On Thursday afternoon, LaQuinta Alexander with local activist groups Organize Now and Florida Institute for Reform and Empowerment (F.I.R.E.) traversed the Lynx bus stop station downtown with her associates, handing out cupcakes and promoting awareness of HB 1411, which will cut off funding to places that provide abortions.
The law goes into effect July 1. And those using the bus station or the nearby SunRail, Alexander reasoned, were those who would most likely be affected by the bill.
She said they were mostly very concerned – some didn’t take the cupcakes but were very interested in the bill and how it would affect them.
“A lot of people were concerned,” she said. “A lot of people didn’t know. They were worried that their health care center would shut down.”
In response to concerns about where women would get essential health care needs – pap smears, STD screenings, mammograms and more – the state issued a list of other places they could get those services.
The list included “schools, dental care offices and business offices,” according to Alexander.
On Tuesday, Alexander and others from Organize Now went to Apopka Dental Care, one of the places listed as a health care alternative for women in need, and asked for service. What they found, Alexander said, proved their point.
“The staff could not help us,” she said. “They were confused. These places – elementary schools and high schools and dental clinics – are not equipped to help us.”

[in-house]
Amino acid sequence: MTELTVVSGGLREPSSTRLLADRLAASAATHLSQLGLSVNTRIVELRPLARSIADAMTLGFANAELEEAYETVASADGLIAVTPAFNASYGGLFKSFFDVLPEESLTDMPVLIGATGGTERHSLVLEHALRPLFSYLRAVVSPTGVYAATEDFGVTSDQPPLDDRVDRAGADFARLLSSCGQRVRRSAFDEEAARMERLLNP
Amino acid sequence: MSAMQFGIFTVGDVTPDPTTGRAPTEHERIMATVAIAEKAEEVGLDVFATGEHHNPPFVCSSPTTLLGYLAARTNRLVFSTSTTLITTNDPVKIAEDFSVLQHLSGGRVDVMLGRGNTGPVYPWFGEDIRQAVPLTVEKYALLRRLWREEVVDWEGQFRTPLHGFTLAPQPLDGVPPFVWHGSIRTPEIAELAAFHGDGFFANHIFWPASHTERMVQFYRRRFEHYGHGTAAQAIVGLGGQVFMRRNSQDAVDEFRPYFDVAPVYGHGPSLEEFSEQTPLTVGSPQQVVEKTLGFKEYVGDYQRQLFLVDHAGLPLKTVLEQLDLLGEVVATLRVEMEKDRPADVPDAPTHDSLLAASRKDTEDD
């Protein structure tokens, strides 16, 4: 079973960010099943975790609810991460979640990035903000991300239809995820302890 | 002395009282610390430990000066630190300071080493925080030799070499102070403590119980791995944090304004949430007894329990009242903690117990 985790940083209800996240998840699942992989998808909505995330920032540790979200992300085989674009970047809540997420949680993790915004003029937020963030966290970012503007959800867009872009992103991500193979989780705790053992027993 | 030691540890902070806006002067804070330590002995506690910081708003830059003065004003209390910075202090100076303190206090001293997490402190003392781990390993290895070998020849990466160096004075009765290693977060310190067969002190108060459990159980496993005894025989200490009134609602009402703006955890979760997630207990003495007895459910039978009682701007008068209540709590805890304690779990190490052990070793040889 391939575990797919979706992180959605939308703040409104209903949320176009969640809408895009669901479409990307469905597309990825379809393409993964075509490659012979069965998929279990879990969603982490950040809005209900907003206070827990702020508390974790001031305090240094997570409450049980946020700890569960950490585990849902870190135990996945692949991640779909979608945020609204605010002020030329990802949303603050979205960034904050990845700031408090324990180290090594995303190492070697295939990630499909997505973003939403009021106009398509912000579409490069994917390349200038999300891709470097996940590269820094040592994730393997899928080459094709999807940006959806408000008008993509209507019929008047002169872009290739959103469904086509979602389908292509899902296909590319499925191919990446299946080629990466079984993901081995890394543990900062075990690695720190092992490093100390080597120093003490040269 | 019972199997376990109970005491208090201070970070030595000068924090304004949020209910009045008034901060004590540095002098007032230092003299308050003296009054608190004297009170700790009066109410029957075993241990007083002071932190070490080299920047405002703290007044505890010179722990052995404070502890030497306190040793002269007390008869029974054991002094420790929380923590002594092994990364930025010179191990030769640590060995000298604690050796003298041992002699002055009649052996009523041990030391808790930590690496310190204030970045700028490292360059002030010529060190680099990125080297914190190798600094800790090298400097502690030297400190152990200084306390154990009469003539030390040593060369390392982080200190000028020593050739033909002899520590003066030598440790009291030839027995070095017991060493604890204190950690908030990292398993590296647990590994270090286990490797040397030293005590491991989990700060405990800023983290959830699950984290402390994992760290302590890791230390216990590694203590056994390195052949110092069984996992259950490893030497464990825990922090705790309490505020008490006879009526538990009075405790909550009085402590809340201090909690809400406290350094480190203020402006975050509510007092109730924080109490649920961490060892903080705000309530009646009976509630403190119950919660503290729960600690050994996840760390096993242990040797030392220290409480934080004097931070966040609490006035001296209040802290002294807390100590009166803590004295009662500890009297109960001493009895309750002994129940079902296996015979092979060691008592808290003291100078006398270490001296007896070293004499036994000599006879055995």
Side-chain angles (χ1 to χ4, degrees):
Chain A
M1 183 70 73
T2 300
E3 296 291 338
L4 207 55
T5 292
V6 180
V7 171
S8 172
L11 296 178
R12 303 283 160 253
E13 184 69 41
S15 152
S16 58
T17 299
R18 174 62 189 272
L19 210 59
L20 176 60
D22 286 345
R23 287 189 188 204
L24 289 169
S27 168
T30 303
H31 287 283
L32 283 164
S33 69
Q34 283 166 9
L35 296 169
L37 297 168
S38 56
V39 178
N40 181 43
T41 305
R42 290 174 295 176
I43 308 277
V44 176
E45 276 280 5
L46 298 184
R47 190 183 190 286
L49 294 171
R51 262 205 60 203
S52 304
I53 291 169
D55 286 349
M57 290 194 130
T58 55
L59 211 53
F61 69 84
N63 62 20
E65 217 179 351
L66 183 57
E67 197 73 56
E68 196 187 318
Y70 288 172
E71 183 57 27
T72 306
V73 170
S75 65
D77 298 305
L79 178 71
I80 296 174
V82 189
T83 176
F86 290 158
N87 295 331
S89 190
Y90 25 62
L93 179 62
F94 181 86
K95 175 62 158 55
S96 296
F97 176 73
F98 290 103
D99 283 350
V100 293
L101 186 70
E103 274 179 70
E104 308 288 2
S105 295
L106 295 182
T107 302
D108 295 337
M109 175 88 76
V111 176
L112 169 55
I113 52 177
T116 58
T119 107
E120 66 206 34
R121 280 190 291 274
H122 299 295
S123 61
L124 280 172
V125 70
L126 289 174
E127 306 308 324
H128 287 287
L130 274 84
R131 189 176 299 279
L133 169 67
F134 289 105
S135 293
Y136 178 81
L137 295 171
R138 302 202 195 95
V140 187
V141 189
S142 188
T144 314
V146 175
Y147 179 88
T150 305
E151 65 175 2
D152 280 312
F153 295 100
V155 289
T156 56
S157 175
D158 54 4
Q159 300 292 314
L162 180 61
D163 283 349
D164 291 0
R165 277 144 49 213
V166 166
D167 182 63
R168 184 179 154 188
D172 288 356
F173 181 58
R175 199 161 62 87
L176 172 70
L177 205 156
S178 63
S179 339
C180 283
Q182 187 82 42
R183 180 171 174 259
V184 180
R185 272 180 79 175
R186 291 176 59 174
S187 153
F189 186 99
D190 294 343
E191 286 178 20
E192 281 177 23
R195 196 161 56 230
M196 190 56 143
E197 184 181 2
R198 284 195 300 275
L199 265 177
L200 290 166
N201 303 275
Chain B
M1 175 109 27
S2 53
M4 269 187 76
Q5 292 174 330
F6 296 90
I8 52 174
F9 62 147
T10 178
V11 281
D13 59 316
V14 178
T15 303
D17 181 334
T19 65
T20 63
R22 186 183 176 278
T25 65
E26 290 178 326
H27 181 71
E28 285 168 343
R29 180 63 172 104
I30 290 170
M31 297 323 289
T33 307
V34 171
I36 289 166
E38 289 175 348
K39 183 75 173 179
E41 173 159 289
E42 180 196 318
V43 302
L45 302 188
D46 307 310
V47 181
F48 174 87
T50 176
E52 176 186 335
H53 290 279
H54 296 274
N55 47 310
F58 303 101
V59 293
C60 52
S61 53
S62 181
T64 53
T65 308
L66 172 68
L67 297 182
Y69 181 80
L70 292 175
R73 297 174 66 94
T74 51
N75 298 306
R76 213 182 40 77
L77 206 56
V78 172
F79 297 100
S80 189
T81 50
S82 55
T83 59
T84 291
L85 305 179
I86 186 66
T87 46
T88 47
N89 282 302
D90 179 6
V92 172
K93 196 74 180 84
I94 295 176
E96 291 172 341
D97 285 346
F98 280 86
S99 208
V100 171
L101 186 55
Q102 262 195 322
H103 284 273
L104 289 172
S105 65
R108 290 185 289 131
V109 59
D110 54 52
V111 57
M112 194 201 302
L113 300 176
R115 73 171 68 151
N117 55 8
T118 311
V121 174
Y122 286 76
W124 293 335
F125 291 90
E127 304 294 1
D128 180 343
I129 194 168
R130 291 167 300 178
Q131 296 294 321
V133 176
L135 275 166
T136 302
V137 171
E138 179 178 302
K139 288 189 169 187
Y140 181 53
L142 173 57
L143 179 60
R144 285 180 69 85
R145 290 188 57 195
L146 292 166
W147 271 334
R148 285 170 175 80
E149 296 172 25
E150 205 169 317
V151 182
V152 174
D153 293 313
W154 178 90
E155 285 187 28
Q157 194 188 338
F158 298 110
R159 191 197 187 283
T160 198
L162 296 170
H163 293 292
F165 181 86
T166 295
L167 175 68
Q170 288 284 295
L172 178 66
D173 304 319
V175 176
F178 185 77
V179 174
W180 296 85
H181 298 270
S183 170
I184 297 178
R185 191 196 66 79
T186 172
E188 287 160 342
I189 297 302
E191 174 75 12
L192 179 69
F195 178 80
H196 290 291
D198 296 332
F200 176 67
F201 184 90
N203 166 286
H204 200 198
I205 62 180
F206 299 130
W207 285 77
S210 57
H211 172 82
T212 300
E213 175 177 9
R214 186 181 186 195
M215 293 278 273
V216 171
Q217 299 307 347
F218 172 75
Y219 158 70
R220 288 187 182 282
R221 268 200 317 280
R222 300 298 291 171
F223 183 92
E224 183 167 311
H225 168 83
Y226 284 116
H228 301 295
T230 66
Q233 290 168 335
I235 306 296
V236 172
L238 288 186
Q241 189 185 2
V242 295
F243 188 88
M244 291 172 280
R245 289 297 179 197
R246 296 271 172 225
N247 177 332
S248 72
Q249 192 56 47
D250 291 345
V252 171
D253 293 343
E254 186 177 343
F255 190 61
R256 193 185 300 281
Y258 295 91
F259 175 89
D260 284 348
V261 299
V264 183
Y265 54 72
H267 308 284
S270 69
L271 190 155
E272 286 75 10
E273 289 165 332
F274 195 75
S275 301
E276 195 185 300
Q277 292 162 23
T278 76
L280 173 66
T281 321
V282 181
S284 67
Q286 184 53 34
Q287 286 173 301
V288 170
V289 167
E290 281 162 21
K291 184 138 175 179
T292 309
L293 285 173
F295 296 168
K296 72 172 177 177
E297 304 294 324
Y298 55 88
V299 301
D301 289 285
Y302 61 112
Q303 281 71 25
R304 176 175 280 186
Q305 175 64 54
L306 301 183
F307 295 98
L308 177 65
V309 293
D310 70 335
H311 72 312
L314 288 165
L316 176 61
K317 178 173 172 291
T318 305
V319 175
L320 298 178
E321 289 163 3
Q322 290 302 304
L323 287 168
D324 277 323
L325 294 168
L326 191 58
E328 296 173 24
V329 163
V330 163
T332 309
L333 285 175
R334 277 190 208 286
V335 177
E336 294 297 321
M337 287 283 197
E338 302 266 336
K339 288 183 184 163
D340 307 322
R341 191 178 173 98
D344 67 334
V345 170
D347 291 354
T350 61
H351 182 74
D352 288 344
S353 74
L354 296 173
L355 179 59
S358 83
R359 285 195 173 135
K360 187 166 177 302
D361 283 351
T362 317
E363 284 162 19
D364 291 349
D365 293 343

Alexander said the law will disproportionately affect communities of color and poor communities where clinics are located. Though the state has offered a list of alternatives to places that may be affected by the bill, Alexander said many people will be inconvenienced if they have to drive further than they used to for health care services.
“It’s an insult for someone who lives in the area,” she said. “Because okay, my health clinic just got shut down, because they provide abortion services. Now I’ve got to go 30 miles up the street to the closest dental clinic who can’t even provide us with the services we need.”
But what could really solve the myriad social issues surrounding abortion, she said, was better education, and starting it early.
“Start by the schools,” she said. “Sex education in depth, in elementary schools, middle schools, and high schools, where people understand what abortions are, family planning, STD screenings, LGBTQ, people learning about sex and gender roles – things of that nature will really prevent, and or decrease, the amount of unplanned pregnancies as well as STDs within the state of Florida.”
She also said while she supported peoples’ freedom of speech, the stigma against those who choose to have abortions was counterproductive and damaging.
“People need to understand that,” she said. “Women should not be judged or condemned for a choice they have made. So if they go in for an abortion, there should not be people outside calling them murderers, or condemning or judging them for a choice they made themselves, that clearly affects their lifestyle.”